Where’s the Money? Funding Your Real Estate Deals

Note: One of the biggest challenges real estate investors face is finding the money to fund those first few deals—even when they have some cash themselves. I sat down and talked with Russ Whitney, internationally known and respected leader in the real estate investment and financial training field, and here is his advice:

Jordan Taylor: I recently heard from a new investor who was buying a property at below-market value and had a 5 percent down payment, but the bank said because it was an investment, the down payment needed to be 20 percent. What would you suggest that she do?

Russ Whitney: She needs to shop around for a different lender. She probably went to a branch of a mega-bank that has very strict rules and the people in the branches do not have the authority to operate outside those rules. Another lender may look at the deal far more favorably.

What’s very important to always keep in mind is that when you take out a loan, the lender is not doing you a favor. The lender is going to make money on the deal through the interest on the loan and various other fees, such as points and closing costs. You’re the customer, and you should be treated that way.

JT: If the bank is going to make money on the deal, why do they turn down loans?

RW: Because they have to be sure they will make money on the deal. Banks make money on loans that are paid back on schedule, so they have rules and policies that are supposed to help assure that they make good loans. Unfortunately, sometimes strict rules don’t allow a bank the flexibility to work with a creative real estate investor. But just because one bank turns you down doesn’t mean you can’t get the deal funded. That’s why you need to look at other lending options.

JT: That’s easy for you to say–your name is Russ Whitney and people are probably lining up to give you money. What’s the best way for an ordinary person to do that?

RW: I recommend dealing with a good mortgage broker. Their job is to bring borrowers and lenders together, and they only get paid when the loan closes. They are a tremendous resource for real estate investors because they do all of the loan shopping for you, and the lender pays their commission. A sharp mortgage broker will help you structure the deal and then take it to the right lender.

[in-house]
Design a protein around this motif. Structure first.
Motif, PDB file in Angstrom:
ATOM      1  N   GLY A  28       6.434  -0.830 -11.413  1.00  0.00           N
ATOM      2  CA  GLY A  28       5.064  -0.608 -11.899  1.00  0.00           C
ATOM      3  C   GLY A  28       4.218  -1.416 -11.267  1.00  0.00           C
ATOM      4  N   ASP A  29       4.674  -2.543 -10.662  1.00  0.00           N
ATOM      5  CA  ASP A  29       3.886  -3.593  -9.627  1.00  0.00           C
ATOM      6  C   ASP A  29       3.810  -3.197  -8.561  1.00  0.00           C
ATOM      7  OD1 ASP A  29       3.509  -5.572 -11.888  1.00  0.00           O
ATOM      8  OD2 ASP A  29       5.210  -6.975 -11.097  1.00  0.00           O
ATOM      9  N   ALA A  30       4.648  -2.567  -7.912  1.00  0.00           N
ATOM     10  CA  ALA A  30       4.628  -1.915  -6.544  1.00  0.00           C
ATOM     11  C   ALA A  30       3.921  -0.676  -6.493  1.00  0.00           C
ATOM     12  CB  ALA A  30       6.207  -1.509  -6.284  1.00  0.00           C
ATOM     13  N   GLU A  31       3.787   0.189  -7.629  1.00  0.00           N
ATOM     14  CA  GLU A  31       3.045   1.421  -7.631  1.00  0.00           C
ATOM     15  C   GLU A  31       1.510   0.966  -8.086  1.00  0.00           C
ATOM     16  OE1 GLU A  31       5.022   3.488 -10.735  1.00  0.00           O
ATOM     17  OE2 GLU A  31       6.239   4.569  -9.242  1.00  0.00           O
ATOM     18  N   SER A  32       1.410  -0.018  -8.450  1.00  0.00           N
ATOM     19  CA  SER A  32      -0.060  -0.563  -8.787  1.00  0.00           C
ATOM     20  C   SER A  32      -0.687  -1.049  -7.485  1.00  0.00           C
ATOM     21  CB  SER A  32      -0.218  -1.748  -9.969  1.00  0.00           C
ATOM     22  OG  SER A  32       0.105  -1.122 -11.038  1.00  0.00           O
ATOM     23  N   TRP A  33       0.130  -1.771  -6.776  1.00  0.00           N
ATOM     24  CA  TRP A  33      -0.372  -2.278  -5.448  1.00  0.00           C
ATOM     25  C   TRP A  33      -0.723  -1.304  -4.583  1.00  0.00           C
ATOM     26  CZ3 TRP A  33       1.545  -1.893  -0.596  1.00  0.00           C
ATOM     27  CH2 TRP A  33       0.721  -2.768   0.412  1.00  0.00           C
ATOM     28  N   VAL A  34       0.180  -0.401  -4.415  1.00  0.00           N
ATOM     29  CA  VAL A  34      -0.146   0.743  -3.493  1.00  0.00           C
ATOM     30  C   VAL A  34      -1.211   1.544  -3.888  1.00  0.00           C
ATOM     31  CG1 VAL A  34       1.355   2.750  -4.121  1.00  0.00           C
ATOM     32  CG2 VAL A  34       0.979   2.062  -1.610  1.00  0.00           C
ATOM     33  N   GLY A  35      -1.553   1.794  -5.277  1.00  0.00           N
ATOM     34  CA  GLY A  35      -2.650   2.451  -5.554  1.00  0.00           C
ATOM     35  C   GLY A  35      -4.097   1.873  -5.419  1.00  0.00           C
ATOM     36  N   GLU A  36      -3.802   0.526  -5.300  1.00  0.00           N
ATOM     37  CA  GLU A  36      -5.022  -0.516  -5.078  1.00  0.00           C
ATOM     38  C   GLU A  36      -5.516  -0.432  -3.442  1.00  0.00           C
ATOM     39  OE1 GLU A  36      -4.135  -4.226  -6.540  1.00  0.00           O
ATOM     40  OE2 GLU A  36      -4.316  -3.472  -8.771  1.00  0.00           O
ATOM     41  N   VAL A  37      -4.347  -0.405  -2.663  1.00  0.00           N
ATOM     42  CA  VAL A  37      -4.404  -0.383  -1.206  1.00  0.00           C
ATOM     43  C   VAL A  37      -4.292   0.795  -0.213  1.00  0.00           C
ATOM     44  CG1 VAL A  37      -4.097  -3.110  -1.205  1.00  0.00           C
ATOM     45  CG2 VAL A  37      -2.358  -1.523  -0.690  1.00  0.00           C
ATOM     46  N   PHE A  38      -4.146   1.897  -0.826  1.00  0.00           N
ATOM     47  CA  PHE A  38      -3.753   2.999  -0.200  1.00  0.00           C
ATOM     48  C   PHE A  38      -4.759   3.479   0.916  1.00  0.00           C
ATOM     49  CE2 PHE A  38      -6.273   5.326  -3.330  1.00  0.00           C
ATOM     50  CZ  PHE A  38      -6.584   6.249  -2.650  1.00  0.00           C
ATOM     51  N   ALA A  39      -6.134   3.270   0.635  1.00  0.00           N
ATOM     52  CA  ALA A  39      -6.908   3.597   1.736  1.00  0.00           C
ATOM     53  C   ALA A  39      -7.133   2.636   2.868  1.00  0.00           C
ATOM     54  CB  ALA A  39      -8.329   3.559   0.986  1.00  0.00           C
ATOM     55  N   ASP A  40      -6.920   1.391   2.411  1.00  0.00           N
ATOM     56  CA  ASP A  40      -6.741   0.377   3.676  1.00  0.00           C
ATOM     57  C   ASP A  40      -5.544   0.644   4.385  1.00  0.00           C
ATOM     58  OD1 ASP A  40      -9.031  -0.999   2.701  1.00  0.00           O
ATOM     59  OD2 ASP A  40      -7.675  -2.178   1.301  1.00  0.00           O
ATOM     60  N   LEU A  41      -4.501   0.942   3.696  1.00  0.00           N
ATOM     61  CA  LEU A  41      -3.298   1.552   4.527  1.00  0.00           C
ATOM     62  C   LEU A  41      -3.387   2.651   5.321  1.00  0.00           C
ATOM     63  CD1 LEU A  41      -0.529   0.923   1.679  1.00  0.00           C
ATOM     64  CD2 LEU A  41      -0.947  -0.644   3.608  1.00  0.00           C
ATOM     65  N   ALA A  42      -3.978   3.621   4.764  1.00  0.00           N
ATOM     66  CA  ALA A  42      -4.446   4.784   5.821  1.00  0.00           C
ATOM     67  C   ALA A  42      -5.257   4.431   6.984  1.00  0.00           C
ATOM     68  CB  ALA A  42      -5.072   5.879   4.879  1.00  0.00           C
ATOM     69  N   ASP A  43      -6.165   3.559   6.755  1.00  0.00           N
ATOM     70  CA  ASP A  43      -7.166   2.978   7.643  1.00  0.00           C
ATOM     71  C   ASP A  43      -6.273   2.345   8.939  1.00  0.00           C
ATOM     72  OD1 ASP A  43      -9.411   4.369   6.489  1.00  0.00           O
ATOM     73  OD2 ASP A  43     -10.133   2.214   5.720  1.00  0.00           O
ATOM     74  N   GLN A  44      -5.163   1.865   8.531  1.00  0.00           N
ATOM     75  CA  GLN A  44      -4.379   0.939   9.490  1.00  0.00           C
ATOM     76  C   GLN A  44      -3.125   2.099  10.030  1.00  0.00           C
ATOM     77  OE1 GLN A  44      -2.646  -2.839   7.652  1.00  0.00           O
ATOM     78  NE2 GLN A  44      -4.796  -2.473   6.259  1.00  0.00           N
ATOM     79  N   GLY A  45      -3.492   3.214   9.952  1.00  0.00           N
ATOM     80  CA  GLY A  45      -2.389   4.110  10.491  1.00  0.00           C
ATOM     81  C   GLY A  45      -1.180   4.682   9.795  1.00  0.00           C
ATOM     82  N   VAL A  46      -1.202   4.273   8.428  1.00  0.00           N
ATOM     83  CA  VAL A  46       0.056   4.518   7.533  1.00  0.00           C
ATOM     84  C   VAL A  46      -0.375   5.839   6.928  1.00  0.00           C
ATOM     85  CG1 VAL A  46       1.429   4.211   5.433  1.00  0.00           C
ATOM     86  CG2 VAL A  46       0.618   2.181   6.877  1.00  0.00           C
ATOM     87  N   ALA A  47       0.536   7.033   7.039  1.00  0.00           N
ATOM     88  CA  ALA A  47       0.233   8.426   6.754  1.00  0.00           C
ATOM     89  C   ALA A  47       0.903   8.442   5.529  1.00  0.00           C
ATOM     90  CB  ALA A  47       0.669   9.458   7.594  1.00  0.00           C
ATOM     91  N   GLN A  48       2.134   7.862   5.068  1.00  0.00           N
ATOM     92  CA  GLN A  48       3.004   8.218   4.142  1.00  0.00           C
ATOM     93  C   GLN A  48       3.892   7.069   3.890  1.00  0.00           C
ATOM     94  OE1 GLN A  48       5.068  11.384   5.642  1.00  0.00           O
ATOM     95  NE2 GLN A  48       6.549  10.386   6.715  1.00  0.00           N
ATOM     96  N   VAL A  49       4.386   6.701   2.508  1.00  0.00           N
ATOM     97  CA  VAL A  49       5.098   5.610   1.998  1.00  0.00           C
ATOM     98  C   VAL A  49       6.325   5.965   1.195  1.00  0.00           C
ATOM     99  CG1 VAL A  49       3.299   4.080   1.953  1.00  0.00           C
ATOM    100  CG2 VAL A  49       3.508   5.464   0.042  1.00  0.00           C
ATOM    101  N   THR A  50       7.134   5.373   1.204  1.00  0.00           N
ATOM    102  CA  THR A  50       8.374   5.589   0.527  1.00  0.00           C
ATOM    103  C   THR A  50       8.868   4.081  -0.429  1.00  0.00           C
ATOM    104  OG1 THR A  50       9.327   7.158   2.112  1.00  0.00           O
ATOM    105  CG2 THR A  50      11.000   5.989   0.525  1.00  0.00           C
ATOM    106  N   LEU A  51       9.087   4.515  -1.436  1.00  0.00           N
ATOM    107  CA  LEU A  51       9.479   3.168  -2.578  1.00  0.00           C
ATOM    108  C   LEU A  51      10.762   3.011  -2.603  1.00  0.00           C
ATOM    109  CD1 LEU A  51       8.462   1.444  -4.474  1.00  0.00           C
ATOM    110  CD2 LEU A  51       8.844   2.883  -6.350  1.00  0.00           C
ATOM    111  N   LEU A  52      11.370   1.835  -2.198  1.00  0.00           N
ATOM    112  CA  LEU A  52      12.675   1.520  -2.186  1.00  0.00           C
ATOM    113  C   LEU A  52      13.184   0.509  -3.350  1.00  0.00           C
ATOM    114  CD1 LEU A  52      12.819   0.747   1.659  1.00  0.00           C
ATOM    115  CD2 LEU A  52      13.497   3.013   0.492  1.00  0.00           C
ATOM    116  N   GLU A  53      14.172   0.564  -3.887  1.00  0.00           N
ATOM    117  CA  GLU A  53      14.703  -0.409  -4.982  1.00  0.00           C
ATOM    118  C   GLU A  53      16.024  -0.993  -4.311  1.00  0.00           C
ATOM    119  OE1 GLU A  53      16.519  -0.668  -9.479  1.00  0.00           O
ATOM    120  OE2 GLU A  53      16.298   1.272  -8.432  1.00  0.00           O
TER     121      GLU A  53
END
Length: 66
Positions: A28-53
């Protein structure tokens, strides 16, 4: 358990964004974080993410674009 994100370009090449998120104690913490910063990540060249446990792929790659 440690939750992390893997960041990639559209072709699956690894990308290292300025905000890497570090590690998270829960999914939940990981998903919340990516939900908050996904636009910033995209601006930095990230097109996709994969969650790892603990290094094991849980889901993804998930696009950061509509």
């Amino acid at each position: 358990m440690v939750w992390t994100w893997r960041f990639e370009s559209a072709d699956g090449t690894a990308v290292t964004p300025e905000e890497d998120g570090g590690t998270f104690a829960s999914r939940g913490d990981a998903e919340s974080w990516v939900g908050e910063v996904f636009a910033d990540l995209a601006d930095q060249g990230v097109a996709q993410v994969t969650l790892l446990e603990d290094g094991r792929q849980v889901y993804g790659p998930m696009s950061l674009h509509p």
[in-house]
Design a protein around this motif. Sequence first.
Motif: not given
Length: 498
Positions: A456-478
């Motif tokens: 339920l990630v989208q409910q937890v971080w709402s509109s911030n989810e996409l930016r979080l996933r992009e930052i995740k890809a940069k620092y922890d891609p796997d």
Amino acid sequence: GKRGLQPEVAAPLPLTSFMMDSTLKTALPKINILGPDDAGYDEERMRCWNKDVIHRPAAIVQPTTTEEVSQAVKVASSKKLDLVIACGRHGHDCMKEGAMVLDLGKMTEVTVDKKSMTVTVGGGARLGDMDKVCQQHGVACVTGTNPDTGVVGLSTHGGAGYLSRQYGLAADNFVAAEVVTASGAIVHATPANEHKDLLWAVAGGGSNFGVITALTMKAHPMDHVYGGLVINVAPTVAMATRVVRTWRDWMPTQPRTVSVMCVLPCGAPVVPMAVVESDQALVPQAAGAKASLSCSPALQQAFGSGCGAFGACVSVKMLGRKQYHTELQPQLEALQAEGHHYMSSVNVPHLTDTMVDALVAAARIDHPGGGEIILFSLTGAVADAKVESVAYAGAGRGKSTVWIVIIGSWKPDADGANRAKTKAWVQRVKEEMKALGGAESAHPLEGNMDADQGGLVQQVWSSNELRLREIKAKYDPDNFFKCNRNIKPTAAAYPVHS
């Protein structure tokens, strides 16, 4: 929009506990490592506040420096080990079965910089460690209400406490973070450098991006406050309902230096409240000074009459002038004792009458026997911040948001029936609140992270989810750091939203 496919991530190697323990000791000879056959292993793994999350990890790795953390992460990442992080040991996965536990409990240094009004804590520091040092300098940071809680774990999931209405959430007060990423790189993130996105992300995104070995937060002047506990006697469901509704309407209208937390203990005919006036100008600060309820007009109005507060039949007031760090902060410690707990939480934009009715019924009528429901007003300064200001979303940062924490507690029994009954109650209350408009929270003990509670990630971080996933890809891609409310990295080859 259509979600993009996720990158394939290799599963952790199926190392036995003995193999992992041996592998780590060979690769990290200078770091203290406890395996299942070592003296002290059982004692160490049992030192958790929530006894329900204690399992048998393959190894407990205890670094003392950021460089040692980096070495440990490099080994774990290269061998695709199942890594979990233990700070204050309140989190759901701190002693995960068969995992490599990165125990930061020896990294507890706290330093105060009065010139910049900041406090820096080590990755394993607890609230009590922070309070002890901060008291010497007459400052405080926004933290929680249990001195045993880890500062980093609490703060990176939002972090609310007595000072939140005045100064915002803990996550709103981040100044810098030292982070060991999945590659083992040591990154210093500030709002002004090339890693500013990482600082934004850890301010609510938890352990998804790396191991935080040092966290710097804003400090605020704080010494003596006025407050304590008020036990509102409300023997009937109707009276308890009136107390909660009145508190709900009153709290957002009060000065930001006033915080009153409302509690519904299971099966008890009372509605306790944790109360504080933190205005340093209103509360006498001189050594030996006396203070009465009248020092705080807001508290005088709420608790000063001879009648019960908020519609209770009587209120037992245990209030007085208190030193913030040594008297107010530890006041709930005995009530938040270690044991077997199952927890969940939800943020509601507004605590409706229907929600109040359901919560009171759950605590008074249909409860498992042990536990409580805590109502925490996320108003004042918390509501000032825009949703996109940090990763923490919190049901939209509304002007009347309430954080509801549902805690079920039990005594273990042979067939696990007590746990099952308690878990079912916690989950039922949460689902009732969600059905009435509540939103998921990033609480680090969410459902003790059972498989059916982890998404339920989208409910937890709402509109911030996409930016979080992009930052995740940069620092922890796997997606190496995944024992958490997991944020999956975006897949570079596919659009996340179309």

JT: What do you mean by “the right lender”?

RW: Not all lenders are the same. They have different requirements, they like different types of deals. Traditional banks, for example, are very concerned with how much cash you’re putting into the deal and your credit rating. A hard money lender focuses on the value of the property and the loan-to-value ratio. Also, different lenders offer a range of terms. Some want the loan paid back quickly, perhaps within a year, others will go for much longer terms. The broker is also going to consider the lender’s fees and other policies, and make sure it’s all consistent with your goals.

JT: How do you find a good mortgage broker?

RW: Start by checking the yellow pages of your local telephone directory. Many brokers will advertise in the real estate classified section of the daily paper or in the weekly shoppers and real estate publications. If you’re active in your local real estate investors club–and you should be!–you’ll probably meet brokers there, or you can network with other investors to find out who they use.

Sit down with the broker and explain your investment strategy and goals. Ask if he works with lenders who want to fund the kind of deals you want to do. The broker should be enthusiastic and positive about what you’re doing–if you sense that he’s being negative, find another broker.

JT: Any other advice?

RW: Don’t give up. There is plenty of money out there to fund real estate deals. If you’ve put together a good package the way we teach, you can get it funded.


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